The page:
.Mole of Champions

dining-1537WEBUncovering the secrets of the art with a former winner of the Mole & Mariachi Festival cook-off

It’s Sunday night and Leo Santana, who won the mole cook-off at the Mole & Mariachi Festival in 2013, is seated with us at a small round table in the center of his father’s namesake restaurant, Manuel’s. Sunday is a special night of the week at Manuel’s, when mole makes its first of two appearances; it is also served on Mondays.

Try conducting an interview with Santana and you’ll soon see that everybody wants to shake his hand, compliment the mole, tell him a story, or ask him a question. A sailing friend stops by to tell him about the evening on the bay. A joyous couple explains that they married after a single date at Manuel’s—their daughter is our waitress.

The team running Manuel’s never changes. They, too, are like old friends. Manuel’s success isn’t just its mole, it’s the feeling it creates of the best restaurant in a village in old Mexico—soft, cozy, classic, full of friends.

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I’m surprised when Santana is willing to answer my first—and toughest—question of the night: “Can you tell me what’s in your mole?” I wasn’t totally serious when I asked, because who is going to tell a food writer their secret recipe?

“Sure!” he says happily. “There are 24 ingredients.” As he starts to tick them off, I grab my pen. He stops. “Wait a minute! I’ll tell you once, and I’ll tell you really fast, but you can’t write it down. You don’t have one of those minds, do you?”

“She has the opposite of one of those minds,” my husband says helpfully.

“I will never remember, Leo. Continue!” I say, closing up my notebook and taking a bite from the plate of mole and chicken placed in front of me. The smoky, spicy richness catches me off guard. I take another bite of the dark, velvety, mysterious sauce. “What is in this?”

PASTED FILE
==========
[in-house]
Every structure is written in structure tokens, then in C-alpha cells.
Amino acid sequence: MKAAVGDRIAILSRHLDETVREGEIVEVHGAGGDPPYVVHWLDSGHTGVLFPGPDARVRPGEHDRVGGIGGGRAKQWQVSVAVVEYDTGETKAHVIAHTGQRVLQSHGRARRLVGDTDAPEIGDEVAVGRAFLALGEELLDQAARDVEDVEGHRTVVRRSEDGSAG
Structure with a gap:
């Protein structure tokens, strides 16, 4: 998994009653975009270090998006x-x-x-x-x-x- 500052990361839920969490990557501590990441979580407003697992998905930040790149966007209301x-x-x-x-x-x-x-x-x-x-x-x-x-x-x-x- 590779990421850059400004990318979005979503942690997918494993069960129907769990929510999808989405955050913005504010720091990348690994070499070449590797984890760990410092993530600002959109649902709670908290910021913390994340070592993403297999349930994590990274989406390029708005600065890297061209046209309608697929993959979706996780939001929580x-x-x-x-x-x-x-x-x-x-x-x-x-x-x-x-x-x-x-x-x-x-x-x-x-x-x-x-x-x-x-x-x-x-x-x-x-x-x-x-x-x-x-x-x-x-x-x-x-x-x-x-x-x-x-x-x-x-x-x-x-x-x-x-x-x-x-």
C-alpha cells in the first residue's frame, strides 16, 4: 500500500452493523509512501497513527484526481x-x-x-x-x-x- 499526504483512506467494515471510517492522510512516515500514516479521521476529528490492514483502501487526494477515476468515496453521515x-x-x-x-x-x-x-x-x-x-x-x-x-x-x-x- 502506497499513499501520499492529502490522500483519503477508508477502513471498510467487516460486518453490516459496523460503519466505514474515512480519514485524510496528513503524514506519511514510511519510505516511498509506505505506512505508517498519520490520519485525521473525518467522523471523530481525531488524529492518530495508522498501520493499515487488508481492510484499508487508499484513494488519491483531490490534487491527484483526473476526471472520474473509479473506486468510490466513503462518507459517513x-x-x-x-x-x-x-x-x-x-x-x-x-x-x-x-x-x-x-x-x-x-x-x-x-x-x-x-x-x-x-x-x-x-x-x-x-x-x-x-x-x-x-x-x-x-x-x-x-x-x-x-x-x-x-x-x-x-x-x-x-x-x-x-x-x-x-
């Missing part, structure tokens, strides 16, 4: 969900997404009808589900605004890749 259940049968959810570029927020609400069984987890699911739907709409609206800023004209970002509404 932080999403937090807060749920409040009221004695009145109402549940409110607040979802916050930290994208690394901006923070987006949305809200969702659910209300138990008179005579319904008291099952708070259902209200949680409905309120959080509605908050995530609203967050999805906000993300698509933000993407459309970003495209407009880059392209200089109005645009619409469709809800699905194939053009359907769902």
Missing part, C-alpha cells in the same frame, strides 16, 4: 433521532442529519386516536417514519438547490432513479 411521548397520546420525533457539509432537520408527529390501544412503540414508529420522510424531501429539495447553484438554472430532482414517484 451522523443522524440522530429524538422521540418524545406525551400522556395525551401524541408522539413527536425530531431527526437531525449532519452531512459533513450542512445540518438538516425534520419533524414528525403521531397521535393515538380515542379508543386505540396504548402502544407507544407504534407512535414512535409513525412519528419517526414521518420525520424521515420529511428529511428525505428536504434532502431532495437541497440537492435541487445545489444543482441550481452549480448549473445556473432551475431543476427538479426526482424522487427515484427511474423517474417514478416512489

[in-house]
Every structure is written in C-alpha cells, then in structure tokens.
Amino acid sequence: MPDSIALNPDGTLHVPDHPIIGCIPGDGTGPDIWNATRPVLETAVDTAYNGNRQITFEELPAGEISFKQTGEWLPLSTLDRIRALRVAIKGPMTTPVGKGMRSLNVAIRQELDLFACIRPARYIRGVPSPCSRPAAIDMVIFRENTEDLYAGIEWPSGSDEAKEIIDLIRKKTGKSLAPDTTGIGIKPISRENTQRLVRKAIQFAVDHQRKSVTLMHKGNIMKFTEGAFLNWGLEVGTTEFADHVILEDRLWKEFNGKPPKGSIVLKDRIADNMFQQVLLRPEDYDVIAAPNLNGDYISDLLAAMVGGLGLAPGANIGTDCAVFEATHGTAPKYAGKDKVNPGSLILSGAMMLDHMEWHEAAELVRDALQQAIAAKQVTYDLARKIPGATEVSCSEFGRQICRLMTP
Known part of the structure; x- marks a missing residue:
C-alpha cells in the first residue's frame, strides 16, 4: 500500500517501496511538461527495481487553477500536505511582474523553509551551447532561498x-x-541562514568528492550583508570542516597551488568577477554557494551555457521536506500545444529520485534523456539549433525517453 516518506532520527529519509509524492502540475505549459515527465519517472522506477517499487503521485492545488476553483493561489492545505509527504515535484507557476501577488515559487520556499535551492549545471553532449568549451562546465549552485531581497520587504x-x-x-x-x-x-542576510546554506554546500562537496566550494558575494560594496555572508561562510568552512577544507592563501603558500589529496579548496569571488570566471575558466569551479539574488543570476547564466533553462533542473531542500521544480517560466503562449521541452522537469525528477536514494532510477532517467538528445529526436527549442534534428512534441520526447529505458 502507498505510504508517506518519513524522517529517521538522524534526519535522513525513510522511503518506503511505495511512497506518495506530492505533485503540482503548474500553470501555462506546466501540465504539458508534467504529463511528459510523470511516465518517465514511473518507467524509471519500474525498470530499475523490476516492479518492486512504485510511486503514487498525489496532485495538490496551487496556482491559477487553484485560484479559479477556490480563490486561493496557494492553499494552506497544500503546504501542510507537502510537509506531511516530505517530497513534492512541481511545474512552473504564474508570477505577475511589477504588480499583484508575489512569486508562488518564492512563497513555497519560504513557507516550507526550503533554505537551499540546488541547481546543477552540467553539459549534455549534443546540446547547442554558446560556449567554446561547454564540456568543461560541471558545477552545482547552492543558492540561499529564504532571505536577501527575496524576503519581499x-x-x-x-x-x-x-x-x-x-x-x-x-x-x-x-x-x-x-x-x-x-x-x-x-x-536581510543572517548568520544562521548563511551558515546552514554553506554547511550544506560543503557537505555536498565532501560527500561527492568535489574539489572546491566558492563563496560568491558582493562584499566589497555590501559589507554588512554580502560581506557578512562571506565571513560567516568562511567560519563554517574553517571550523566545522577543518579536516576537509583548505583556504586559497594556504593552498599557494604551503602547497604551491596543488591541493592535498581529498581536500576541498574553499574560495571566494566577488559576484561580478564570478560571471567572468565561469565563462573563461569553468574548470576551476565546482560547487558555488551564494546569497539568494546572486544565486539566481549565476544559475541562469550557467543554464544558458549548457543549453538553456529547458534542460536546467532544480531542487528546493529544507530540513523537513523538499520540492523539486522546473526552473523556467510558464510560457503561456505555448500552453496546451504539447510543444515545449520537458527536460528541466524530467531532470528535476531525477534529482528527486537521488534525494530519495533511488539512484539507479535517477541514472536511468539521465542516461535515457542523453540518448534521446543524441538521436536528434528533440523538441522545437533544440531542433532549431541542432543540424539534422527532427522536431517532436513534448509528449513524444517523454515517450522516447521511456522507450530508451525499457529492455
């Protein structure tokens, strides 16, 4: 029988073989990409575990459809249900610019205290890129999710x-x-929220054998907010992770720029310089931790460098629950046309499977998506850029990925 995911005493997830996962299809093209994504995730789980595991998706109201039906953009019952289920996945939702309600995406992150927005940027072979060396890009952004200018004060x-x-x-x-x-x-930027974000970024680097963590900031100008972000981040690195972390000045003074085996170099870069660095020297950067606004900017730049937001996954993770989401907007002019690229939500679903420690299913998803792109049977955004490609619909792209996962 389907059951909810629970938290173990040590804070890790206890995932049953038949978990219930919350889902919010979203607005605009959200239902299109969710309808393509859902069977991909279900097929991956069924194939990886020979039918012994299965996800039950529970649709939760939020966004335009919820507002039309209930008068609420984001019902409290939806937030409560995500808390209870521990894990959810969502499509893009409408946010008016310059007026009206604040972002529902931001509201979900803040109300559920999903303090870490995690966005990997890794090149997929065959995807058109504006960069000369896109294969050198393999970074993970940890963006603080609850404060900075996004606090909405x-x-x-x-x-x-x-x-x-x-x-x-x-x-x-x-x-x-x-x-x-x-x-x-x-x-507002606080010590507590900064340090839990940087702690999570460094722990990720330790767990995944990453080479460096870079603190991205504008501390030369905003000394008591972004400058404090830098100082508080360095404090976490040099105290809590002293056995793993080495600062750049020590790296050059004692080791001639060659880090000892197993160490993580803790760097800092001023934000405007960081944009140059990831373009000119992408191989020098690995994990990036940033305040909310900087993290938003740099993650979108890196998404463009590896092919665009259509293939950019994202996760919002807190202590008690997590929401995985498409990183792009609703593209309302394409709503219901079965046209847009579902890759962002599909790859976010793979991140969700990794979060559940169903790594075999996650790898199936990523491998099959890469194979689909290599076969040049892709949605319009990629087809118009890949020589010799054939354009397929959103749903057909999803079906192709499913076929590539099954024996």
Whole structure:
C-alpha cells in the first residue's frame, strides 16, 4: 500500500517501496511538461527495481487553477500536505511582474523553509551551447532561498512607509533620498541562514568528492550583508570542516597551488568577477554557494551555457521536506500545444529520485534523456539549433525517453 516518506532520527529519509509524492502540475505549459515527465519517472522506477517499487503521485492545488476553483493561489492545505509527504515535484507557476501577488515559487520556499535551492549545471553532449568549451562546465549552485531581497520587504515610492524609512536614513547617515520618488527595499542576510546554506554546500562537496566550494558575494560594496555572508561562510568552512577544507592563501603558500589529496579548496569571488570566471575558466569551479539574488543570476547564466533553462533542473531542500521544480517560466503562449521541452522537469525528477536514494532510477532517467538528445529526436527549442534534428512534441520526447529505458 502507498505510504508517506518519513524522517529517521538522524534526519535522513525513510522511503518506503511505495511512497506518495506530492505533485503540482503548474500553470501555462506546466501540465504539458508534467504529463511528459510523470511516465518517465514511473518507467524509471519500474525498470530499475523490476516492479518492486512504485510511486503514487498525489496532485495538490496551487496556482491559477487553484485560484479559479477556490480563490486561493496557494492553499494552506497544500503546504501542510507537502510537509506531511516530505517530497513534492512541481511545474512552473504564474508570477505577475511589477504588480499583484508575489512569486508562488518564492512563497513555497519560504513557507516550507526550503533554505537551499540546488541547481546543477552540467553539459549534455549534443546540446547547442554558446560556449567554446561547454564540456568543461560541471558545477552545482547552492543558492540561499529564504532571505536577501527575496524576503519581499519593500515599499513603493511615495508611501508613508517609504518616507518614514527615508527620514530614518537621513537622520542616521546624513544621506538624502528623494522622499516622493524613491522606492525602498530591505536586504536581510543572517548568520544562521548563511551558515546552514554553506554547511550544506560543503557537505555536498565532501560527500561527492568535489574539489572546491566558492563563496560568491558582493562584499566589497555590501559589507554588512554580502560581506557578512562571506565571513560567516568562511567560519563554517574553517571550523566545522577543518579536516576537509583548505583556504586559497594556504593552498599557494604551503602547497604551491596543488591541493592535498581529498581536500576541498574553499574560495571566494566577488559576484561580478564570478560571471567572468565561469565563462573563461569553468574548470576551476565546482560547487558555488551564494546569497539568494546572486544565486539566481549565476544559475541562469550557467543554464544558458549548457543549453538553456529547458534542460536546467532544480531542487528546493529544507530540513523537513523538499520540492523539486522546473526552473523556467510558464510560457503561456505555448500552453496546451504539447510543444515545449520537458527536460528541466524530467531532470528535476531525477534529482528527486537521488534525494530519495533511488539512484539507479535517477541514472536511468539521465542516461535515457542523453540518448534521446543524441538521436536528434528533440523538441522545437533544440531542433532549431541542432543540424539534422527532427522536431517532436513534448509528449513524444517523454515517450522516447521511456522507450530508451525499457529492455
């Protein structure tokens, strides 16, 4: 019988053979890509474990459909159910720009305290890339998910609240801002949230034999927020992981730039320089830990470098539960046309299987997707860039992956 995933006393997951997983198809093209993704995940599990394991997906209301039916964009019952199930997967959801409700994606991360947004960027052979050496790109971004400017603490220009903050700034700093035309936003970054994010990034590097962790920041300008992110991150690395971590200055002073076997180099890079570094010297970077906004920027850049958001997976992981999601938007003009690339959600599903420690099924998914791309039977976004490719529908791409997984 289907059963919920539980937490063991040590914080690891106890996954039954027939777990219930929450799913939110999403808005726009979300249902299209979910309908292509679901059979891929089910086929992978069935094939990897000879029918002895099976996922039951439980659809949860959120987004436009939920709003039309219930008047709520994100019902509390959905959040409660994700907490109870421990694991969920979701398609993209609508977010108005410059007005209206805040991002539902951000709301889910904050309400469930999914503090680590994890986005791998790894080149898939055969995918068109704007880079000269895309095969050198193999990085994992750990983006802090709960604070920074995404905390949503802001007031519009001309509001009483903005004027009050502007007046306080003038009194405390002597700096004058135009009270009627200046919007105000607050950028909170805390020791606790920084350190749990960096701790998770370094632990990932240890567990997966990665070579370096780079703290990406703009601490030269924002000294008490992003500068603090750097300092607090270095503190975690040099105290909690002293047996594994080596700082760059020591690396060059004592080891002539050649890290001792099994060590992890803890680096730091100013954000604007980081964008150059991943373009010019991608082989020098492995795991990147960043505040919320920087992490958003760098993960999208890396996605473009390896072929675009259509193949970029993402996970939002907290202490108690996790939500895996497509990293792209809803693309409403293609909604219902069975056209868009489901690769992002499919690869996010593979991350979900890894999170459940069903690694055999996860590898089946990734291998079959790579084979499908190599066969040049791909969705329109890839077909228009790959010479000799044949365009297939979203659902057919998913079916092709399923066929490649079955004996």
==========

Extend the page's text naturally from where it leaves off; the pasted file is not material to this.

He rattles off the ingredients, which have not changed much since 1965, when Manuel’s first opened. “The original recipe was my father’s,” Santana says. “I entered three moles into the Mole & Mariachi Festival. First, my father’s recipe, then the recipe from the mother of one of my employees, and I entered my own recipe. Mine won. So that’s the one we now serve. How can I serve anything else?”

Santana makes the mole himself, and it’s a labor-intensive process. “I come in at two in the morning to make the mole. I roast everything the day before, then I come in and cook it all night. In the morning, the kitchen crew comes in and takes over, and they take it off the burners at noon. I’m the only one with the recipe,” he says with a grin. “It’s very personal, very complicated. Nobody makes it as good as your mother or grandmother. ‘Your mom is crying when I make mole!’ I tell the guys here when I’m cooking it.”

And no, the mole does not taste exactly the same every week, because mole is an art, not a science. “But only Patricia can taste the difference, she is an Olympic-level taster,” he says. Patricia is Mrs. Santana, Leo’s wife, who grows the dahlias gracing each table at Manuel’s. Patricia also happens to be the judge at this weekend’s Mole & Mariachi Festival. (Manuel’s did not enter the competition this year.) “I love this event. It’s about taking two communities and bringing them together,” he says enthusiastically. Manuel’s is an unusually big community supporter. This year, the restaurant celebrated 50 years with a week of giving, to the tune of 50 percent of all proceeds for an entire week, going to five local charities.

At the end of the meal, Santana treats us to a surprise mole dish, which may soon be on the menu. Like the recipe itself, I am not at liberty to say what it is. But I will say that Marianne’s Ice Cream (across the street) want to give Santana a call.

The third annual Mole & Mariachi Festival is 11 a.m. to 5 p.m. Saturday, Sept. 19, at Santa Cruz Mission Adobe State Historic Park, 144 School St., Santa Cruz. Manuel’s is at 261 Center Ave., Aptos. 688-4848, manuelsrestaurant.com.


TASTE TEST The third annual Mole & Mariachi Festival is 11 a.m. to 5 p.m. Saturday, Sept. 19, at Santa Cruz Mission Adobe State Historic Park.

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